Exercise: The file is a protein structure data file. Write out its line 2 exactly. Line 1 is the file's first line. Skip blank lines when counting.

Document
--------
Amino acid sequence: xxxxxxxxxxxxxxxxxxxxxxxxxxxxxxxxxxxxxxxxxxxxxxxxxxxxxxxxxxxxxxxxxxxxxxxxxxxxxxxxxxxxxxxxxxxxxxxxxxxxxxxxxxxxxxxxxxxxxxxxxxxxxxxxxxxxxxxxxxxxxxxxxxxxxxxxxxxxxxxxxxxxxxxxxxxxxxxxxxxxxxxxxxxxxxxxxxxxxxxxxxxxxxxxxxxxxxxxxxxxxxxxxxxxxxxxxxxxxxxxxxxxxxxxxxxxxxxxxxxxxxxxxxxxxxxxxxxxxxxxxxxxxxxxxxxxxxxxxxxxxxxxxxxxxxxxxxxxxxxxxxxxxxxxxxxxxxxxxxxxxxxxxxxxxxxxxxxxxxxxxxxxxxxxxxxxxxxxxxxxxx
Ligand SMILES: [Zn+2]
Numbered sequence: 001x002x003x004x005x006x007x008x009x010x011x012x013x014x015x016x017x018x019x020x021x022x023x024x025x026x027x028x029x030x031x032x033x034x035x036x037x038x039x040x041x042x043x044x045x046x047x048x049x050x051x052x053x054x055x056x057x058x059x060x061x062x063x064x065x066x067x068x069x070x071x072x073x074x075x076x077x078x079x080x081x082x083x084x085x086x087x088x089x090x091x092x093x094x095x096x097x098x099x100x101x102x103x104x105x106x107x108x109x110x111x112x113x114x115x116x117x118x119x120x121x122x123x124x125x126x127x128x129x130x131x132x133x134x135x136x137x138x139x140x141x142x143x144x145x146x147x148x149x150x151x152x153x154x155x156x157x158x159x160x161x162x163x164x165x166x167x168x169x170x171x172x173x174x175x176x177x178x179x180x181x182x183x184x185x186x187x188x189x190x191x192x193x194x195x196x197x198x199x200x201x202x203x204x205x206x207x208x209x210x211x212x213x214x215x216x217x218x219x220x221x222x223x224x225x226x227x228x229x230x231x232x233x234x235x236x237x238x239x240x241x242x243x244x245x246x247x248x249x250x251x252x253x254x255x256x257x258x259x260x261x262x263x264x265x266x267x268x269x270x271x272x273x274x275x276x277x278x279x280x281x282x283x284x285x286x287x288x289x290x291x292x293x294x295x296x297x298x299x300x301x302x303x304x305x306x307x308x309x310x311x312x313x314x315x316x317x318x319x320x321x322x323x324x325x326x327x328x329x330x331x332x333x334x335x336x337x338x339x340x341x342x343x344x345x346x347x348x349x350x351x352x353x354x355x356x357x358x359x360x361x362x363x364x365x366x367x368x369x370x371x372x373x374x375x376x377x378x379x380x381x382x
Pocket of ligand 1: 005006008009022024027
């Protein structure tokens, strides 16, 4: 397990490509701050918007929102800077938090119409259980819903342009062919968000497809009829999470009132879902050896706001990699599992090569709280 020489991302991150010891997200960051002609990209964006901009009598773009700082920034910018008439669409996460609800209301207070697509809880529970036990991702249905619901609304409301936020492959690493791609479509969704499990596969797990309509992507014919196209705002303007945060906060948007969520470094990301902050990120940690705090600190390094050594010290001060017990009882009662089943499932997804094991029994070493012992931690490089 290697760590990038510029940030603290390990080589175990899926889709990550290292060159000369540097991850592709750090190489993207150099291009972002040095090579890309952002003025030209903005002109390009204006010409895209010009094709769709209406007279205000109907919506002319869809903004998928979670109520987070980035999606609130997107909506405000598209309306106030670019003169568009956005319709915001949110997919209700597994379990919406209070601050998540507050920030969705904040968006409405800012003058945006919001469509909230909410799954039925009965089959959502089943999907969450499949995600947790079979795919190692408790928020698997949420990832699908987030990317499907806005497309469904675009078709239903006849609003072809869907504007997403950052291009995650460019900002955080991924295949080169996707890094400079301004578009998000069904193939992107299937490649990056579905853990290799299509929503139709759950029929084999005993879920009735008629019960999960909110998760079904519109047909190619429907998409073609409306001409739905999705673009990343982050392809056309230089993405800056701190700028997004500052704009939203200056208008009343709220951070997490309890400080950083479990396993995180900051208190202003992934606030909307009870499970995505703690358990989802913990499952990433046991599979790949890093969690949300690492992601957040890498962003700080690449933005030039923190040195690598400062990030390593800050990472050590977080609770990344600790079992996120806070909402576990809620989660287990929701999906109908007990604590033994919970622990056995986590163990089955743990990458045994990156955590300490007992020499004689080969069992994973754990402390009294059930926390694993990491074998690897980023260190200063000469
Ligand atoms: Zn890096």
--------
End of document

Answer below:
Ligand SMILES: [Zn+2]